By Cole Cusumano

 

Lightning struck three times in the Dixie Vodka 400 from Homestead-Miami Speedway, as did Denny Hamlin, who went on to secure his third victory of the NASCAR Cup Series season. For the first time in 19 years, the race at the 1.5-mile track would not decide the champion. Also intended to be run in the daytime, Mother Nature had other plans after putting a halt in the action for the better part of four hours.

 

In similar shades of the event held four days prior at Martinsville Speedway, there was an apparent lack in cautions that were once again overshadowed by exceptional racing — as is typically the case at Homestead.

 

Not quite as eventful as Martinsville, the driver of the No. 11 won his third career race at the Miami-based track in dominating fashion. Crew Chief, Chris Gabehart, returned atop the pit box for the first time in four events and the Virginia-native followed up a poor performance by starting from the pole, sweeping each stage and leading a race-high 137 laps.

 

While it may look pretty on paper, this statement victory was not without heavy pressure from a trio of young guns – Chase Elliott, Ryan Blaney and, especially, Tyler Reddick.

 

The two-time reigning NASCAR Xfinity Series Champion blew away the competition and validated his frontrunner status for Sunoco Rookie of the Year. Taking the green flag from 24th, the 24-year-old advanced 13 positions by Lap 5 before a weather delay for lightning. Once racing resumed, he advanced his way into the top-five and that was where he stayed the rest of the evening. He ended up finishing fourth behind Elliott and Blaney.

 

The pair of racing prodigies put on a spectacle for the world to see after challenging for the lead multiple times and pacing the field for a combined 97 laps. It was deja vu for the driver of the No. 12, after he appeared to have the fastest car on the final run, but was mired back as a result of the final wave of green flag pit stops and finished third.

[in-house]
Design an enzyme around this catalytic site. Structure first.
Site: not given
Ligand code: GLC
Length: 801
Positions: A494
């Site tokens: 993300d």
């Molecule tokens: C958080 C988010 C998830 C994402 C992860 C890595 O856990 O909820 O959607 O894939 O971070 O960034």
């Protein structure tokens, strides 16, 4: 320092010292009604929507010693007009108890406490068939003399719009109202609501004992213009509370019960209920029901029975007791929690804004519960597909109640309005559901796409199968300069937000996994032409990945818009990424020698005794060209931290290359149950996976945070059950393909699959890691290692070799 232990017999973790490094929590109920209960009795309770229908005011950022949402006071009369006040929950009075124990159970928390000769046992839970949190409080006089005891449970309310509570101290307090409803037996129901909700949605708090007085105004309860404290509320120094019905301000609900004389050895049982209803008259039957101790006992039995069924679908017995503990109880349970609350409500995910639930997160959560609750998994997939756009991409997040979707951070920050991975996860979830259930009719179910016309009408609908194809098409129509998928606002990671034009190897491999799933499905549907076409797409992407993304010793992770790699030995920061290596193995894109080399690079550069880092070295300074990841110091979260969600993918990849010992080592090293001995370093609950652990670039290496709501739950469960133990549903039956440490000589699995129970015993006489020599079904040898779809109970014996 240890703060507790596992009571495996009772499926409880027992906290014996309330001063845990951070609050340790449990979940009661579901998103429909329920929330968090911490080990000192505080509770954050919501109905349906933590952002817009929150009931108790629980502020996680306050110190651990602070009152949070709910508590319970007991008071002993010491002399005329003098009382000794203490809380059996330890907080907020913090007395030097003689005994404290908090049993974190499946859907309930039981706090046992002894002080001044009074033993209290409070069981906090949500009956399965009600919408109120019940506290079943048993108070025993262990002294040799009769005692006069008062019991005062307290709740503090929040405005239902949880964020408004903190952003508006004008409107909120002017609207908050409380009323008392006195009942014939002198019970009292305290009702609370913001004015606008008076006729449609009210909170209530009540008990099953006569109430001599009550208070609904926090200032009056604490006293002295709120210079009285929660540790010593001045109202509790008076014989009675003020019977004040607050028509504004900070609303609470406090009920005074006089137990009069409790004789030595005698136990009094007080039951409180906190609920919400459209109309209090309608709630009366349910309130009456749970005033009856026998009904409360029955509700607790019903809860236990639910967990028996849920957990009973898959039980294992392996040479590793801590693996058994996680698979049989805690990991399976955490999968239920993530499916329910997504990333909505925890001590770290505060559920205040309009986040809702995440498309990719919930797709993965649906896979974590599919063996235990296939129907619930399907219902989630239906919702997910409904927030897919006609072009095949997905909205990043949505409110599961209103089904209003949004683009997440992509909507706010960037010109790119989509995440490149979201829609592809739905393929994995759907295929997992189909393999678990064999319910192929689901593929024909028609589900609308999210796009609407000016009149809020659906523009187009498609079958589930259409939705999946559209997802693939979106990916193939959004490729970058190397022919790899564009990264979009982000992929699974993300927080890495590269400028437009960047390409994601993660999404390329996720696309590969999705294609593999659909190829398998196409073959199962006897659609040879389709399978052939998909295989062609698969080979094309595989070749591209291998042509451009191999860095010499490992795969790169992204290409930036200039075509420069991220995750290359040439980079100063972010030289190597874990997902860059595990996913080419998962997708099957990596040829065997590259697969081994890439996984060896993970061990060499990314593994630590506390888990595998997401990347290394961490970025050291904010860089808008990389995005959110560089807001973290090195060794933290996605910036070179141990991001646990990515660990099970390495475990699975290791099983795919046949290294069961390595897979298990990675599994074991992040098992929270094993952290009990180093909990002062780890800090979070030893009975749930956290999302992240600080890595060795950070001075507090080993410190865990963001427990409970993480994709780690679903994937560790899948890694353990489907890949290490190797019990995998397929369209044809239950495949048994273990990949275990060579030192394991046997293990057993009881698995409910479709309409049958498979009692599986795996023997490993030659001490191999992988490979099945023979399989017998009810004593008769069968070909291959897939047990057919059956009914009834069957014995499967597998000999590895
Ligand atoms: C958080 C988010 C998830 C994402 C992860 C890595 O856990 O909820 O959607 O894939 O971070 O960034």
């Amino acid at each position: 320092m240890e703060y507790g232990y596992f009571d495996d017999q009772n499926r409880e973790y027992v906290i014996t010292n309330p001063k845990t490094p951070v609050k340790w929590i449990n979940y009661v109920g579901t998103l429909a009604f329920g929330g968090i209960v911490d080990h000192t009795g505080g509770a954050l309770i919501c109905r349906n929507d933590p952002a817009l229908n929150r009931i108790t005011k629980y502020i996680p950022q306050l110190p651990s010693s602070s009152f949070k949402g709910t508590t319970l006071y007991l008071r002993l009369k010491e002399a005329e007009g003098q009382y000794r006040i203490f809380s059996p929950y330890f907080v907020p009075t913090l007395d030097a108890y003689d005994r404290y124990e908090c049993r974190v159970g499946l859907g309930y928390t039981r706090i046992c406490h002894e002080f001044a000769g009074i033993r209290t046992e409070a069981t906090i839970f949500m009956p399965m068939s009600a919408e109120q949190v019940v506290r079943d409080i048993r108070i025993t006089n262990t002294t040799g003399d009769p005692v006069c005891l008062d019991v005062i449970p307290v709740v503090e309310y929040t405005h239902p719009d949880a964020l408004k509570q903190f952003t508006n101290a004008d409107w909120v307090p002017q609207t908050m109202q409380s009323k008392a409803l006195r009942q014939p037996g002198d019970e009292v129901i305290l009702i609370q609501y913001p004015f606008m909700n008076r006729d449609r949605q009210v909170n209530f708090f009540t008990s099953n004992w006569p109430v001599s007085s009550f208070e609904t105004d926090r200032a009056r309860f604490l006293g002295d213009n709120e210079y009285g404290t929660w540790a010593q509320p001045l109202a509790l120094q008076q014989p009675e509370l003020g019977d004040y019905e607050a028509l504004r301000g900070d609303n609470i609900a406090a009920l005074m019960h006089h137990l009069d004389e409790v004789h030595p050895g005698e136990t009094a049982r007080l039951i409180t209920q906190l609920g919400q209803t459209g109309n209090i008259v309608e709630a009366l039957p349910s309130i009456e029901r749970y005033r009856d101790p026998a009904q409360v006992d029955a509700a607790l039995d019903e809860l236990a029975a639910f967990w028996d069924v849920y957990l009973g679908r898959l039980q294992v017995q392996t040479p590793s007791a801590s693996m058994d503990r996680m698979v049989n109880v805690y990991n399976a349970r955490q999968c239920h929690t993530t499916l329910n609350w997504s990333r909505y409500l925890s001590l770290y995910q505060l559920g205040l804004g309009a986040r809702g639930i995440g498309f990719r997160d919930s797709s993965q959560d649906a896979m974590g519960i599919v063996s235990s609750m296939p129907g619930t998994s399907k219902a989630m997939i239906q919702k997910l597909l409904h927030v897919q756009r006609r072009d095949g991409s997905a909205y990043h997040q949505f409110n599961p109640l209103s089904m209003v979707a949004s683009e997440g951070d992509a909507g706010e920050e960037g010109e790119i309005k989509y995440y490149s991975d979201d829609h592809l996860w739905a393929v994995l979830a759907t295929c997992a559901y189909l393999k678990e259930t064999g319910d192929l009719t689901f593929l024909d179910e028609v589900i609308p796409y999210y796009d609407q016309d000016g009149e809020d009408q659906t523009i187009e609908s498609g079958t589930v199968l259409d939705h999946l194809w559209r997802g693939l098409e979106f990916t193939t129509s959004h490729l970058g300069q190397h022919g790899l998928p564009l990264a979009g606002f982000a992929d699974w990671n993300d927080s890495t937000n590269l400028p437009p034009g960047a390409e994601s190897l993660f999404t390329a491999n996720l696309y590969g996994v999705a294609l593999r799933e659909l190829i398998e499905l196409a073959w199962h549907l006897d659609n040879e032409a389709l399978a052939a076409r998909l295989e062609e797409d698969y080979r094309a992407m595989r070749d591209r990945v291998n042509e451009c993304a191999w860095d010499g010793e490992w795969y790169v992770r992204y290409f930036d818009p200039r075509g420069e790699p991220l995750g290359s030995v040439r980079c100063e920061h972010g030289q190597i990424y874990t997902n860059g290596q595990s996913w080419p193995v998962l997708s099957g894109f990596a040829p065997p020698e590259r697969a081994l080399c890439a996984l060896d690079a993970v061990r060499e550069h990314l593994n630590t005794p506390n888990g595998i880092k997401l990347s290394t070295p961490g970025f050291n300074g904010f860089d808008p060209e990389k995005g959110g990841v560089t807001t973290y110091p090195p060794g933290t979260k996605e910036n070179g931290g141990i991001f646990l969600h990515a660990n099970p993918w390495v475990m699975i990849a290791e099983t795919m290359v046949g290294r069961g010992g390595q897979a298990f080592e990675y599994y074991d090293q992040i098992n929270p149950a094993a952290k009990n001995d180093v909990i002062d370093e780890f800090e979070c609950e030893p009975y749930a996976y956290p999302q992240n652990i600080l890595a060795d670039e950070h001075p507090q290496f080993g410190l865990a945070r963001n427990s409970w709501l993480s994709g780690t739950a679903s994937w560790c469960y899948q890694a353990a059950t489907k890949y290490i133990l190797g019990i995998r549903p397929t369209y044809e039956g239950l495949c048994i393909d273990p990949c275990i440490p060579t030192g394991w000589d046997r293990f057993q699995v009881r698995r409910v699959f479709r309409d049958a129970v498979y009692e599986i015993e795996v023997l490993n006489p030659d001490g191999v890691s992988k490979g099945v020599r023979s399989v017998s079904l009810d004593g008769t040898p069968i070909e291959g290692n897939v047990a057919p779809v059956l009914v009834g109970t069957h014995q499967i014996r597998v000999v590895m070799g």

Elliott, who entered the pit lane second to Hamlin, exited with over a two-second lead as a result of a flawless stop by his No. 9 team with just over 35 laps remaining. Sitting pretty in position to secure his first victory since the Charlotte Motor Speedway 500 kilometer contest, the Hendrick Motorsports driver’s bid was cut short by none other than Joey Logano.

 

Although two laps down after making contact with Quin Houff on pit road during the competition caution, the 2018 Champion may have played a key role in influencing the winner of the race. Firmly in command, Elliott lost the lead with 30 laps to go when Logano threw a block on the preferred lane for the driver of the Hooters Chevy Camaro.

 

In a post-race interview, Elliott did not attribute Logano to his loss, but his lack of ability to get by “lap traffic.” The Team Penske driver did not have any comments following the race, but one can assume this was payback for the closing laps at Bristol Motor Speedway.

 

With this win at Homestead, it’s safe to say Joe Gibbs Racing is back. They’ve won the last two races and Kyle Busch also notched a top-10 finish. Erik Jones had rebounded nicely late in the event from a loose wheel and was running near the top of the leaderboard as well before a flat tire derailed his day. Martin Truex Jr. was also a common namesake competing with guys like Aric Almirola and William Byron before fading late in the final stint.

 

Looking ahead to Talladega Superspeedway, it would not be too premature to say that the top-three finishers could very well be the favorites to win the Geico 500. The trio of drivers have been some of the most dominant cars all season and they account for four of the last five events at superspeedways. Blaney and Elliott enter Dega in a favorable position, as they won both races at the venue last season.